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(TFT) TFT: adjIQ
Stan writes . . .
>One point that should be addressed: the calculation of the figure's
>"characteristic total". (You know, the number used to figure the
>cost of additional characteristic points.) Do points of adjIQ (or
>memory, or IQ points, or whatever the hell you want to call them)
>increase your total value? I would imagine the answer is "yes, on
>a 2 for 1 basis", but it should be explicitly stated.
(Mmmm . . . this is at least the second time I've been asked a rule
question about this adjIQ thing. Now I know how Loren Wiseman feels. 8^)
Here it is again, slightly rewritten . . .
Attribute points can now be spent to increase the /IQ points/ a character
can spend to learn talents and spells. It costs one attribute point (which
isn?t otherwise spent on ST, DX, or IQ) to increase a character?s ?adjIQ? by
two. (Normally a character can learn no more than his IQ in IQ point?s
worth of talents and spells.) So a character with an IQ of 10 who spends
one attribute point for a +2 adjIQ will then have an adjIQ of /12/, giving
him 12 IQ points to spend on talents and spells (but his base IQ remains
Attribute points spent on increasing adjIQ /do/ count towards a character
?s attribute point total. So Humar the Human Archer (ST 11, DX 16, IQ 10
(16)) is a /40/-point character (11+16+10+3), not 37.
When increasing IQ/adjIQ through experience, you can either increase your
normal IQ by one point (which increases adjIQ by 1 as well) or (if your
adjIQ is higher than your IQ) you can increase normal IQ by two /if/ adjIQ
remains the same. The same character above, with an IQ of 10/12 and a new
attribute point to spend, could either increase his IQ by 1 (making him IQ
11/13), increase his IQ by 2 (making his IQ 12/12), or increase his adjIQ by
2 (making his IQ 10/14). But in any case a character?s normal IQ can never
exceed his adjIQ.
This rule change gives characters a way to become cinematic
highly-skilled heroes and wizards (like many characters of fantasy fiction)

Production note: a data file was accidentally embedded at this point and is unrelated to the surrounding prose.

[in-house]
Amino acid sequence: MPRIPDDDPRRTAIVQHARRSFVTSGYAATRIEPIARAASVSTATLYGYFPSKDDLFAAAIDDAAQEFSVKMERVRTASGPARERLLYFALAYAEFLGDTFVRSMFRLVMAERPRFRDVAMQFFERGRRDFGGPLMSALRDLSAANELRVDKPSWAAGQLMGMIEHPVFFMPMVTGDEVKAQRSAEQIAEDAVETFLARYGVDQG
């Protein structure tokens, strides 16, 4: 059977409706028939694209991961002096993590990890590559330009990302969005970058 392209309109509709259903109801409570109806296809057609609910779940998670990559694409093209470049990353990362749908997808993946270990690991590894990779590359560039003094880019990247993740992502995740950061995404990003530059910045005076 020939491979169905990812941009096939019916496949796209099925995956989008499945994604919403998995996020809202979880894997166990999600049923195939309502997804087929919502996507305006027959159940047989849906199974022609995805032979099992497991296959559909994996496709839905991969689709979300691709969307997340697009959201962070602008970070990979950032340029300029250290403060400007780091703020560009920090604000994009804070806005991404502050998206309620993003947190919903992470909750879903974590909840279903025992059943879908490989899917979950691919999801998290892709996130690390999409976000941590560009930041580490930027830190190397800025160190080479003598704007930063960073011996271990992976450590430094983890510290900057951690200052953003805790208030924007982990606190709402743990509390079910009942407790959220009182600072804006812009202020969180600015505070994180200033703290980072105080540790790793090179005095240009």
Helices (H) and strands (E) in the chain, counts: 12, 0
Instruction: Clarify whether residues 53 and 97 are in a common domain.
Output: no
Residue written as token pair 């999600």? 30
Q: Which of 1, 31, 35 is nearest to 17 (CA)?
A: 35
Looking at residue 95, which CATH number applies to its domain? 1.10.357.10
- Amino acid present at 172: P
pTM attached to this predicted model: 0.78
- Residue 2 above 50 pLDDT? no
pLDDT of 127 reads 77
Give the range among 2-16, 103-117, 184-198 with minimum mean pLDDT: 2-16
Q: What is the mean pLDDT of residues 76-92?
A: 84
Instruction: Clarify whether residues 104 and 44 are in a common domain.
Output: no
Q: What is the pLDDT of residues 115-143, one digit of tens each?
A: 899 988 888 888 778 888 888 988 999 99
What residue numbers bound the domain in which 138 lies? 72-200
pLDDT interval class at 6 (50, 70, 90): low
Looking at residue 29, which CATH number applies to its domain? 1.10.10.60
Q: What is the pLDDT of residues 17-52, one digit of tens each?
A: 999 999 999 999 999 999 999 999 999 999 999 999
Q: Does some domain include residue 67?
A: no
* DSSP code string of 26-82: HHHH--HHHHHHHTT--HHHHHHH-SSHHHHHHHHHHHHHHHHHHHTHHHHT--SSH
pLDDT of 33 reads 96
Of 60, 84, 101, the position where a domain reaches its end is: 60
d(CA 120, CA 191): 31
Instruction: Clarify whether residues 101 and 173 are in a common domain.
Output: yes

without forcing them to buy unrealistically high IQ?s, while still requiring
them to pay for it in some way.
>My two cents on this is that it isn't an action unless you want to
>sheath/sling/put away one weapon and get out another. Getting a
>sword out of a scabbard is a lot easier than putting it back in...
That sounds like a good way to go. I'll try it out this Sunday. Perhaps
an action should be required for drawing two or more weapons (like sword and
shield, or a handful of sha-ken) (?) but just one weapon takes no time.
Mmmm . . .
Dan writes . . .
>Well, ok ... let me rephrase that. Having a talent means that the
>character has (more than likely) received some training with regard
>to that talent. The discussion under MUNDANE TALENTS is illustrative
>here. Cook is listed as a mundane talent. Does this mean that a
>character needs to have a 'cooking' talent to be able to roast last
>nights catch or throw some greens in a pot? No. (If you want to
>taste good, thats another matter. :) ) Do you need to be a
>carpenter to erect a lean-to? No. But a knowledge of carpentry
>might help you build a lean-to that will survive a thunderstorm or
I totally agree. Many easy tasks should be allowed even if the figure
doesn't have the associated talent.
Here's a couple of summoning spells to chew on . . .
IQ 10 SPELLS
SUMMON DOLPHIN (C): Brings a dolphin (ST 20, DX 10, IQ 11,
MA 20 in water, nose ram does 1 die damage) to serve the wizard.
Cost: 2 ST, plus 1 per turn to maintain.
SUMMON PONY (C): Brings a light horse (ST 22, DX 13, IQ 5,
MA 30, kick does 1 die damage) ? complete with bridle and
saddle ? to follow wizard?s orders. Just the thing for a quick outdoor
getaway. Cost: 2 ST, plus 1 per turn to maintain.
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